Learning how to meditate


By: Jennifer McMillen Smith, MSSA, LISW-S, Division of Infectious Disease and medically reviewed by Ann Avery, Infectious Disease Physician at Metrohealth Medical Center

We talked in an earlier blog post how learning to meditate won’t magically cure all your problems, but that doesn’t mean it can’t help improve your life! There are a lot of benefits to learning how to meditate, including helping with all the stress and anxiety that comes with living with HIV.

There are a lot of misconceptions about meditation, but the most common one is that all meditation involves is clearing your mind of thought or just letting your mind wander. In reality, meditation is about being present and living in the moment, being present in what’s happening both around you and inside you. That includes your thoughts, emotions, and any sensations you feel.

The great thing about meditation is that anyone can learn to do it, and it can be practiced anywhere. It won’t take long for mediation to make a difference in your life.

What are some of the benefits of meditation?

But how do we start meditating?


Set aside time

The best way to start meditating is to make it a part of your routine. All you need to do is find a time each day when you’re able to make yourself comfortable enough to meditate. Both short and longer meditation sessions will help. All it takes is just a few minutes each day to make a difference in your life!

The time of day you choose to meditate doesn’t matter as being consistent about it. You can try meditating first thing in the morning, right before bed, or even on your lunch break at work. After all, meditation can be done anywhere.

Don’t be too hard on yourself if you forget to meditate sometimes. Life happens, and we’re all busy people with tons to do. It’s also okay if you one day decide meditating is no longer for you.

Here are some tips on how to meditate and set aside time in your schedule:

  • Use the calendar app on your phone to remind yourself to meditate.
  • If you want to develop a habit, the best time to do something is first thing in the morning. This way, you don’t get the chance to talk yourself out of it. Try meditating after you brush your teeth or washing your face.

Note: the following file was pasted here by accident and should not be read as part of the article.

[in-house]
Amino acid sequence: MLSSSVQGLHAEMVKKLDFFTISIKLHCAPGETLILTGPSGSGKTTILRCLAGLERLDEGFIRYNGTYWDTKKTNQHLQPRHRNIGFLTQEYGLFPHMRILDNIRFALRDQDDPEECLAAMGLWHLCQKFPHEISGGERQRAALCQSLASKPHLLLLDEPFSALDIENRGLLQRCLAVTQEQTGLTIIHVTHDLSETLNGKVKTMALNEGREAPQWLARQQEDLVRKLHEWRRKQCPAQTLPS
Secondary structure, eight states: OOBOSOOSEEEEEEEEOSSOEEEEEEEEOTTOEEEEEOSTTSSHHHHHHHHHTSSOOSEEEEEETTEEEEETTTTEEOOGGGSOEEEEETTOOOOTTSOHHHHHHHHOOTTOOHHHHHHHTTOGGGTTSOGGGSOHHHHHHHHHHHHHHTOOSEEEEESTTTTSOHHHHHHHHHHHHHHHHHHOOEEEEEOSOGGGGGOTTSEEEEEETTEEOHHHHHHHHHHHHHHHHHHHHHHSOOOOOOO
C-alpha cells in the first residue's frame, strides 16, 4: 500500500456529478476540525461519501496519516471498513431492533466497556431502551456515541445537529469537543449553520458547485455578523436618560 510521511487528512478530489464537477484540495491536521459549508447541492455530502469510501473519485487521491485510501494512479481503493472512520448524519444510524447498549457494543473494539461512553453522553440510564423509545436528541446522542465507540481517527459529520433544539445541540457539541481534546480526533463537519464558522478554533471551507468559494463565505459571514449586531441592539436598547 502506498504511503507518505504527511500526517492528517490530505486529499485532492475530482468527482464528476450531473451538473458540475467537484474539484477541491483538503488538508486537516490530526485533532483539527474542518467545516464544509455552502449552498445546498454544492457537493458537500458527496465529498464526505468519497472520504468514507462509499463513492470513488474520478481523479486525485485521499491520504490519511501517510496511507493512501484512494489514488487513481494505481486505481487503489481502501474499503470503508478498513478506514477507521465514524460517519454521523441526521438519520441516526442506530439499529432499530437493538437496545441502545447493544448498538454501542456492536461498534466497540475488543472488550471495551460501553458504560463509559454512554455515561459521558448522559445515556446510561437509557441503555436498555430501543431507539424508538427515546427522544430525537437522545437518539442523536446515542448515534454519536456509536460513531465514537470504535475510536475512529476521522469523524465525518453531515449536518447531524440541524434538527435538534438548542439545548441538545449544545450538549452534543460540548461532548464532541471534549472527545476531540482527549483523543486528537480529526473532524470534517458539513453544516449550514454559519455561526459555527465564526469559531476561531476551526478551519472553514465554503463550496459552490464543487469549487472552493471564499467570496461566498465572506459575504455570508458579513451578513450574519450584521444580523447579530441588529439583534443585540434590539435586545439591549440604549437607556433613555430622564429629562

• Keep your meditation goals reasonable! Setting your goal too high is setting yourself up for failure. Meditating five minutes each day is better than meditating a half hour once a week.
  • If you’re a busy person with an unpredictable schedule, meditate when you can! Eventually, you’ll find a time that works for you.


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Meditation doesn’t require you to sit on a pillow in an empty room full of candles. Unless you want to, of course. Your breathing is a far more important part of meditation.

You can start by focusing on just your breath while doing something else, such as washing the dishes or making your bed. Don’t worry about controlling your breathing. Instead, focus on how you usually breathe while staying present in the moment.

While you’re breathing, think about how your body moves each time you inhale and exhale. Think about how your chest, shoulders, rib cage, and belly all move each time you breathe.

If your mind begins to wander while you’re meditating, focusing on your breathing is a great way to bring yourself back to the present.


3 simple steps on how to meditate

  1. Find a comfortable place to sit and close your eyes.
  2. Focus on your breathing. Focus on each inhale and exhale.
  3. Your mind may start to wander. If it does, bring your attention back to your breathing.


Find an app

An app may help if you find yourself struggling with meditation. A lot of them are free, though some of them limit what you can do if you don’t subscribe to them. Some of the apps even have music and a guide to help you meditate.

Give these apps a try:


Get to know yourself

There is no right way to meditate because it’s a little different for everyone. There are even different types of meditation. It’s okay if you struggle with meditation. Try finding an activity that helps you remain present. Washing the dishes, drawing, doing a puzzle, jogging, anything can become a mindful activity if it keeps you present.

The most important thing is how your mind and body feel. Make sure you’re checking in with yourself often. Meditation will help you get to know yourself better and love yourself more!

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